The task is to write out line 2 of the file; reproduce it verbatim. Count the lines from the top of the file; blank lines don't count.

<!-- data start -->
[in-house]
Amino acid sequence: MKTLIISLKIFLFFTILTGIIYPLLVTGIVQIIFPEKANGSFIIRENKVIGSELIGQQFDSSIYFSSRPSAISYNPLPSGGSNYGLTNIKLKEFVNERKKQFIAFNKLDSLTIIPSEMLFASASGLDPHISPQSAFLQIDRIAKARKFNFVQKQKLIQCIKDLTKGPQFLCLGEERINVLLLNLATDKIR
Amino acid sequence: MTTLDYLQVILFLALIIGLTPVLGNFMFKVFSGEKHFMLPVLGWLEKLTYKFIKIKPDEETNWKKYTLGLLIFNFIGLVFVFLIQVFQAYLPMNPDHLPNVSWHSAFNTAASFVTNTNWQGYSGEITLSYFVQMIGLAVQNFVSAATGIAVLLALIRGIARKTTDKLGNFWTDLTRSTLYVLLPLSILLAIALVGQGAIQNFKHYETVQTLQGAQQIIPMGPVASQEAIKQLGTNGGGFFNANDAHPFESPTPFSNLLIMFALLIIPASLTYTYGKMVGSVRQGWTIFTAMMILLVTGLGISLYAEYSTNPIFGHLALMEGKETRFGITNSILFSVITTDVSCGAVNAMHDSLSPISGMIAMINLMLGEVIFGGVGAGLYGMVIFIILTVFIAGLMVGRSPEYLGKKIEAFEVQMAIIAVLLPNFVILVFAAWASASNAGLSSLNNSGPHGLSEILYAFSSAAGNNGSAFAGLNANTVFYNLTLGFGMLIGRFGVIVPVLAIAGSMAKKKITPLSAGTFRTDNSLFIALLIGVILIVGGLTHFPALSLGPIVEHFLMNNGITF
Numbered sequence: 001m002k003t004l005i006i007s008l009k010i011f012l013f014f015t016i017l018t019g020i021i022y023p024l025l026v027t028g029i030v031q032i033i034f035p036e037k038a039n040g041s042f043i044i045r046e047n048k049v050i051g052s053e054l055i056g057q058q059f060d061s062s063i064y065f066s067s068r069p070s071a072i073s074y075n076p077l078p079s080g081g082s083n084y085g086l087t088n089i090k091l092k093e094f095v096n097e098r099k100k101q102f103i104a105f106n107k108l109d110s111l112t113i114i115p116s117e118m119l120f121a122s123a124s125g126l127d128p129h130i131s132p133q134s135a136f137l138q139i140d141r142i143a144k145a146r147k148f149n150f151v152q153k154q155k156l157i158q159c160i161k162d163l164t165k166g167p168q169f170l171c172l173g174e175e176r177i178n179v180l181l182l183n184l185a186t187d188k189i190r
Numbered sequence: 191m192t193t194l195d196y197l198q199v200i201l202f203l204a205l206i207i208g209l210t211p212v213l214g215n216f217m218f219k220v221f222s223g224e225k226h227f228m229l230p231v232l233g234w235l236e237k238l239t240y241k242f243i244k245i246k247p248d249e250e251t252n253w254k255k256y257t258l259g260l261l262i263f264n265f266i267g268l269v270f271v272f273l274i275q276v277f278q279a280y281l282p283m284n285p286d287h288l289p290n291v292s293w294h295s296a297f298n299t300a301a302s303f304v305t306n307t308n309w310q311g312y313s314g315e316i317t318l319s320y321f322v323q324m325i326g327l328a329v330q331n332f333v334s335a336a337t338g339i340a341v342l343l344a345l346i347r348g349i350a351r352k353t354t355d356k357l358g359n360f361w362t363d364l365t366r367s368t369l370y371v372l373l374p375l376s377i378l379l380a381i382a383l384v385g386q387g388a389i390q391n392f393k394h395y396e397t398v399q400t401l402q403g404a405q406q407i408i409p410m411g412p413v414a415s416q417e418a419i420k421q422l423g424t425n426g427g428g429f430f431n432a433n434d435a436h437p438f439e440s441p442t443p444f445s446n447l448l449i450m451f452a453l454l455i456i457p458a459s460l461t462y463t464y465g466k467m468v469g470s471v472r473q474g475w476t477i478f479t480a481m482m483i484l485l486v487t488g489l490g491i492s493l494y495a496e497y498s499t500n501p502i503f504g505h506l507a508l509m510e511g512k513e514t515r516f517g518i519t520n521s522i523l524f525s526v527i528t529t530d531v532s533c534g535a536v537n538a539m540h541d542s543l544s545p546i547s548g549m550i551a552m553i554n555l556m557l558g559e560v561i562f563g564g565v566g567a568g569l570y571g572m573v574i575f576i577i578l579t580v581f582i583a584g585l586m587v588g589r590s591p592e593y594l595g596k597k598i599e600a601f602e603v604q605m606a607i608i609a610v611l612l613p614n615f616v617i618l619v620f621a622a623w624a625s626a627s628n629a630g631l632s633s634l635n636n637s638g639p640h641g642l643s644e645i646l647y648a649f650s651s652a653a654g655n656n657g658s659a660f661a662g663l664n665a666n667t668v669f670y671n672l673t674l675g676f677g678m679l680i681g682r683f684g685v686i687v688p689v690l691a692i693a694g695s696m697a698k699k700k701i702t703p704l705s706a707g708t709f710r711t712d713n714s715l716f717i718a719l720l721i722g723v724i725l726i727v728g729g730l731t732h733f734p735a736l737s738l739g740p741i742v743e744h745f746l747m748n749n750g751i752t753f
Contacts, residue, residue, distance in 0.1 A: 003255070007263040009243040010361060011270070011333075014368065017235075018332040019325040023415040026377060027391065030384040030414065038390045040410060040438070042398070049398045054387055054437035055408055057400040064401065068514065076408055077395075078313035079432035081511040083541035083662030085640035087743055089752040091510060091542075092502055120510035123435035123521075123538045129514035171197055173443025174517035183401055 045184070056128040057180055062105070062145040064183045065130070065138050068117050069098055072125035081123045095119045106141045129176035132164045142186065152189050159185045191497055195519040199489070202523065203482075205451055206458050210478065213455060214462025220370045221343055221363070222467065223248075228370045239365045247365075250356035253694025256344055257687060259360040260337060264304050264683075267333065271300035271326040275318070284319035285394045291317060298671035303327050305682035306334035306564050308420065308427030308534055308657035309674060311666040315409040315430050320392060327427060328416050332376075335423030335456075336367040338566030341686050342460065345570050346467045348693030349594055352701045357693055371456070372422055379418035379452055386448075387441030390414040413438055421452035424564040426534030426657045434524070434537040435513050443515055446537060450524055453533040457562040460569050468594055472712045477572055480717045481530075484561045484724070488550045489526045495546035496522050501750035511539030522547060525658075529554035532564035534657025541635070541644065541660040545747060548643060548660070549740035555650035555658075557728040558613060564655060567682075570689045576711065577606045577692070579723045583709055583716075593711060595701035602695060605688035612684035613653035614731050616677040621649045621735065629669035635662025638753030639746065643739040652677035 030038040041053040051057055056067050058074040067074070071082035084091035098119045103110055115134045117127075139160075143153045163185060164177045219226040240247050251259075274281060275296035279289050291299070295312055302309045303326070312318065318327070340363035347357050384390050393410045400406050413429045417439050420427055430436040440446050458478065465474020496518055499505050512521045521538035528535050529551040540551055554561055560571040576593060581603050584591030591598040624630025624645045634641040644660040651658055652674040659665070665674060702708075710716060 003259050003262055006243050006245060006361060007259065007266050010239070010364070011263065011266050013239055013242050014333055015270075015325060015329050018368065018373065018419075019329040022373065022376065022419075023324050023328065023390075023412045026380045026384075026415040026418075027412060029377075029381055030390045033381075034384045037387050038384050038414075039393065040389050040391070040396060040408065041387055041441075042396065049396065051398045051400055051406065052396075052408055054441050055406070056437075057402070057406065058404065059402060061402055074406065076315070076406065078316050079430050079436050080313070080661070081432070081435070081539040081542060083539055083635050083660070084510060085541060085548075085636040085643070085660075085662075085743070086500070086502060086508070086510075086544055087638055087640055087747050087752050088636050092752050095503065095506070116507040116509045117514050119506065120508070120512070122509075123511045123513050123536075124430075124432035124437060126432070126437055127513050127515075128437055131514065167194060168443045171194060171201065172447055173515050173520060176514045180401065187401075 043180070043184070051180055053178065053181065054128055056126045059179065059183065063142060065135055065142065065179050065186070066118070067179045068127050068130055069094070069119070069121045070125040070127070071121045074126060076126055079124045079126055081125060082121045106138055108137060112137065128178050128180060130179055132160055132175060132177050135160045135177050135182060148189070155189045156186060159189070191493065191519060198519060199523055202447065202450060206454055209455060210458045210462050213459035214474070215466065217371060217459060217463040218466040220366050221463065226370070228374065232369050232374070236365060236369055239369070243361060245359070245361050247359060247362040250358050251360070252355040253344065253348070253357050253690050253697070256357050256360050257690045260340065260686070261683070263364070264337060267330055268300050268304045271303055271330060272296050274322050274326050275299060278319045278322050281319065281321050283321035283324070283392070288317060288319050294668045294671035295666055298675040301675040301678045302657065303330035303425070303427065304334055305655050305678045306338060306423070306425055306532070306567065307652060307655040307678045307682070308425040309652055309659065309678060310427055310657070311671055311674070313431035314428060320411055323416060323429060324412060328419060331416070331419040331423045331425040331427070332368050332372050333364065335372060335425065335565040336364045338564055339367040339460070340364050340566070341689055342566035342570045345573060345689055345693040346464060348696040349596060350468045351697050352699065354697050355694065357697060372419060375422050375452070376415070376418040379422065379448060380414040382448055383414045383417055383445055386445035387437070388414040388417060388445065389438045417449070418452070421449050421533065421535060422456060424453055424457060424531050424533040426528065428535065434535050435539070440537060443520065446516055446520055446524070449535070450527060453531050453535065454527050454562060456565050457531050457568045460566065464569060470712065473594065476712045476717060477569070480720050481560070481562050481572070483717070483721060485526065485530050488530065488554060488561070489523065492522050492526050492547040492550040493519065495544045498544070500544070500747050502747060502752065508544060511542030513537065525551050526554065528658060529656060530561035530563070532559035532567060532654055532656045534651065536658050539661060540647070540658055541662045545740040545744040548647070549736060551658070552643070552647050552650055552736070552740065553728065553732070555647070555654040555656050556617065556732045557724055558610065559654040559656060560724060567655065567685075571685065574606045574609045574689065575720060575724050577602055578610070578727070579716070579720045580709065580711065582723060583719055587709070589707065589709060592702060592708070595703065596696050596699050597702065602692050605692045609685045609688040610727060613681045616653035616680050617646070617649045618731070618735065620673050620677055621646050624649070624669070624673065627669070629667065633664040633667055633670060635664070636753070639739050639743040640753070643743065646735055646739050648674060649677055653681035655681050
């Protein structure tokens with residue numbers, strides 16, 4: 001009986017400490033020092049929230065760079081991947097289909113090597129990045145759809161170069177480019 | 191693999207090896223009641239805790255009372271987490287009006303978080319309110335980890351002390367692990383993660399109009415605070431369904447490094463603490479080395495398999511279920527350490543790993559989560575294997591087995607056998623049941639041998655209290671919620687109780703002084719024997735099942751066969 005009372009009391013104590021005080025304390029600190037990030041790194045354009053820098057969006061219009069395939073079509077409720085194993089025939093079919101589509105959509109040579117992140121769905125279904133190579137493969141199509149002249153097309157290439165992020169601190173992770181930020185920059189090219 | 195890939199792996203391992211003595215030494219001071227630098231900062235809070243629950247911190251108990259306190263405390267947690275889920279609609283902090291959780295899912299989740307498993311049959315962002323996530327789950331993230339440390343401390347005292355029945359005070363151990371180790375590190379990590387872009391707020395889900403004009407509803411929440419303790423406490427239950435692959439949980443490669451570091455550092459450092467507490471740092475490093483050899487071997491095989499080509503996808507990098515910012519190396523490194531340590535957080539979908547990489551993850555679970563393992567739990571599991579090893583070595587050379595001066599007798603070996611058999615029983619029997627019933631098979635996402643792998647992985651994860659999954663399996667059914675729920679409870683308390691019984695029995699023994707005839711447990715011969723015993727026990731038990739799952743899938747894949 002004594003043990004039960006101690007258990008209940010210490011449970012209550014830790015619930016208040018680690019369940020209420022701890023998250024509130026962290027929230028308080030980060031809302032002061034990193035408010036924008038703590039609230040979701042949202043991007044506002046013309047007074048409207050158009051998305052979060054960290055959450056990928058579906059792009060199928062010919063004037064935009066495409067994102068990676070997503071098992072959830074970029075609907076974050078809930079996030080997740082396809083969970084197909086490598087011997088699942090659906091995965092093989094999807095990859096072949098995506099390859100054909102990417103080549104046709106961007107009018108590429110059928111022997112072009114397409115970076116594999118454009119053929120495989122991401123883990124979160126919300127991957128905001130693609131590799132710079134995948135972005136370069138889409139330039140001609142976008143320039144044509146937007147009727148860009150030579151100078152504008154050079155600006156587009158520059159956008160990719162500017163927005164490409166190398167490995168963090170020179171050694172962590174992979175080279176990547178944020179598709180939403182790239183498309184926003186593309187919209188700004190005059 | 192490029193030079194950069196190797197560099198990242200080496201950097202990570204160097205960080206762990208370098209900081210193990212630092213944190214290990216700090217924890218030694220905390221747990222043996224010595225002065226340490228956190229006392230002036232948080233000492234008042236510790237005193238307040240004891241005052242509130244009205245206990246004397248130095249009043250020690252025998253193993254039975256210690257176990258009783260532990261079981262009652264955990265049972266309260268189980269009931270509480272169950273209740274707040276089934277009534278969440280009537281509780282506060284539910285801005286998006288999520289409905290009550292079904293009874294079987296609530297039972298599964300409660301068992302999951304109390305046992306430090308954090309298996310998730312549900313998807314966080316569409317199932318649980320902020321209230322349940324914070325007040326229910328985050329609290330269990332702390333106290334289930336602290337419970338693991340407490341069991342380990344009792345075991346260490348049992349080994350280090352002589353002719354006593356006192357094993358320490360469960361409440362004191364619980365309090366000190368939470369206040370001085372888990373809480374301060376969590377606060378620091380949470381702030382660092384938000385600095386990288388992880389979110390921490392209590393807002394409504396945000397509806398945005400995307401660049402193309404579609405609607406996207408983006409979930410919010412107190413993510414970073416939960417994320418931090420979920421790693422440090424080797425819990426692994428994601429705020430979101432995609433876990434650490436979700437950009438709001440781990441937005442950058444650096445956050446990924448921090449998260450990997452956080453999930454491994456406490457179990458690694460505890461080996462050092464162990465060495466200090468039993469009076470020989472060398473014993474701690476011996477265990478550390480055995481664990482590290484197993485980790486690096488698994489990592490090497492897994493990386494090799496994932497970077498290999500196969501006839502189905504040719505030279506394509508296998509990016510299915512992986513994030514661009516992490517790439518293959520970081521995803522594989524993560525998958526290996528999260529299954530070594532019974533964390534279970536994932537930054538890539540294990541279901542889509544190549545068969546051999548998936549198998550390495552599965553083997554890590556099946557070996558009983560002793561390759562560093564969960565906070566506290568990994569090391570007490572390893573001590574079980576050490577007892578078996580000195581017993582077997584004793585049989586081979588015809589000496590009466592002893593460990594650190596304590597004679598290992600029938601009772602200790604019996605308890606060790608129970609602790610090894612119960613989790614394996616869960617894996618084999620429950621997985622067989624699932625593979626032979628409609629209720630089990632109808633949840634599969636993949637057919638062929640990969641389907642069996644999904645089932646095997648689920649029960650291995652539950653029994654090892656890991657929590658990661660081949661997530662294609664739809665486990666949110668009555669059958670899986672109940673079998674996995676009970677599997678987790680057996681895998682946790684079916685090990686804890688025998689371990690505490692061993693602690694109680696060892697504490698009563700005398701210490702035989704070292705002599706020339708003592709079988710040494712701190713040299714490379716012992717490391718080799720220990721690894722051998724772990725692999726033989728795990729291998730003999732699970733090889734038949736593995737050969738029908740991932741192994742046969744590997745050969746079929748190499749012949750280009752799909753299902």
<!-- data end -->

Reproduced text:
Amino acid sequence: MKTLIISLKIFLFFTILTGIIYPLLVTGIVQIIFPEKANGSFIIRENKVIGSELIGQQFDSSIYFSSRPSAISYNPLPSGGSNYGLTNIKLKEFVNERKKQFIAFNKLDSLTIIPSEMLFASASGLDPHISPQSAFLQIDRIAKARKFNFVQKQKLIQCIKDLTKGPQFLCLGEERINVLLLNLATDKIR